Eos is the Greek Titaness of the dawn, and a daughter of Hyperion and Theia. She and her siblings Helios (Sun) and Selene (Moon) were amongst the second-generation Titans. Her Roman counterpart is Aurora. Dew was said to be Eos's tears due to the loss of her son Memmos in the Trojan War.
Eos rose up into the sky from the river Oceanus at the start of each day, and with her rays of light dispersed the mists of night. She was sometimes depicted riding in a golden chariot drawn by winged horses, at other times she was shown borne aloft by her own pair of wings.
Eos had an unquenchable desire for handsome young men. Some say it was the result of a curse laid upon her by the goddess Aphrodite. Her lovers included: Orion, Phaeton, Kephalos, and Tithonos, three of which she ravished away to distant lands.
The Trojan prince, Tithonos, became her official consort. When the goddess petitioned Zeus for his immortality, she forgot to also request eternal youth. In time he shriveled up by old age and transformed into a grasshopper.
Eos was closely identified with Hemera, the primordial goddess of day. In some myths, such as the tales of Orion and Kephalos, Eos stood virtually as a non-virginal substitute for Artemis.
The Curse of Eos
Aphrodite placed a curse upon the Titaness Eos, because she had slept with Ares. This curse filled her heart with constant passion, causing her to fall in love with a train of mortals: Orion, Tithonos, Kephalos, and Kleitos.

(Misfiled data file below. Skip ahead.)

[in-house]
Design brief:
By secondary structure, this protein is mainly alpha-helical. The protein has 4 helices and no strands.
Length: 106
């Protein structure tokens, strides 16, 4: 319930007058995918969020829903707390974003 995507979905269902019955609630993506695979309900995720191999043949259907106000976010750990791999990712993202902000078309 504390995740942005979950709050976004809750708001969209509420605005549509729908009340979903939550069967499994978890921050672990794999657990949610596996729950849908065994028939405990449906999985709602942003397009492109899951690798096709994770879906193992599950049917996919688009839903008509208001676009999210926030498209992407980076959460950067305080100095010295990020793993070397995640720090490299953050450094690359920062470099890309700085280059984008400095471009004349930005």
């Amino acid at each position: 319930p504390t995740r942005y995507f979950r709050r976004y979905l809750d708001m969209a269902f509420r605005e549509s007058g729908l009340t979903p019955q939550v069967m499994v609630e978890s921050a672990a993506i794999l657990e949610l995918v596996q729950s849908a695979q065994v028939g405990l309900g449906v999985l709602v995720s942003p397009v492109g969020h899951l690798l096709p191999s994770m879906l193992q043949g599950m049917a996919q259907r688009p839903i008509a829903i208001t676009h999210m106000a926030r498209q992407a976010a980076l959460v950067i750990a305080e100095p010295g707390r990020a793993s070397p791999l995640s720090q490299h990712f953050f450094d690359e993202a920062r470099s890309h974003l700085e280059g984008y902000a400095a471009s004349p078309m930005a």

Eos is described by the poets as a beautiful maiden with rosy arms and fingers, and large wings, whose plumage is of an ever-changing hue; she bears a star on her forehead, and a torch in her hand. Wrapping round her the rich folds of her violet-tinged mantle, she leaves her couch before the break of day, and herself yokes her two horses, Lampetus and Phaethon, to her glorious chariot. She then hastens with active cheerfulness to open the gates of heaven, in order to herald the approach of her brother, the god of day, whilst the tender plants and flowers, revived by the morning dew, lift their heads to welcome her as she passes.
Although Eos does not formally appear, she is referred to by Percy Jackson when he calls five o'clock in the morning "an ungodly hour, unless you're the goddess of dawn".
Aurora is the Roman counterpart of Eos. Like most Roman gods, she presumably becomes more disciplined, warlike, and militaristic. Her Roman form is also named Dawn, which Eos is the personification of in some myths.
In Percy Jackson's Greek Gods, Eos is described as a beautiful winged woman in a rose-colored gown, with "the reddest hands" Phaeton had ever seen.
- One of her sons, Eosphoros (Phosphorus), is sometimes equated with the fallen angel Lucifer, his name meaning light-bearer.
- She is often equated with Hemera, the Primordial goddess of Day.
- According to some ancient texts, it was Artemis who was originally known as the goddess of dawn. This was before people knew that Eos was, in fact, the Personification/Titaness of the Dawn.
- Her Egyptian equivalent is Khepri.
- Her Norse equivalent is Delling.
- The Eos family is a prominent family of main belt asteroids, named after her.
- Unlike her siblings Helios and Selene, Eos is the only one not stated to have faded.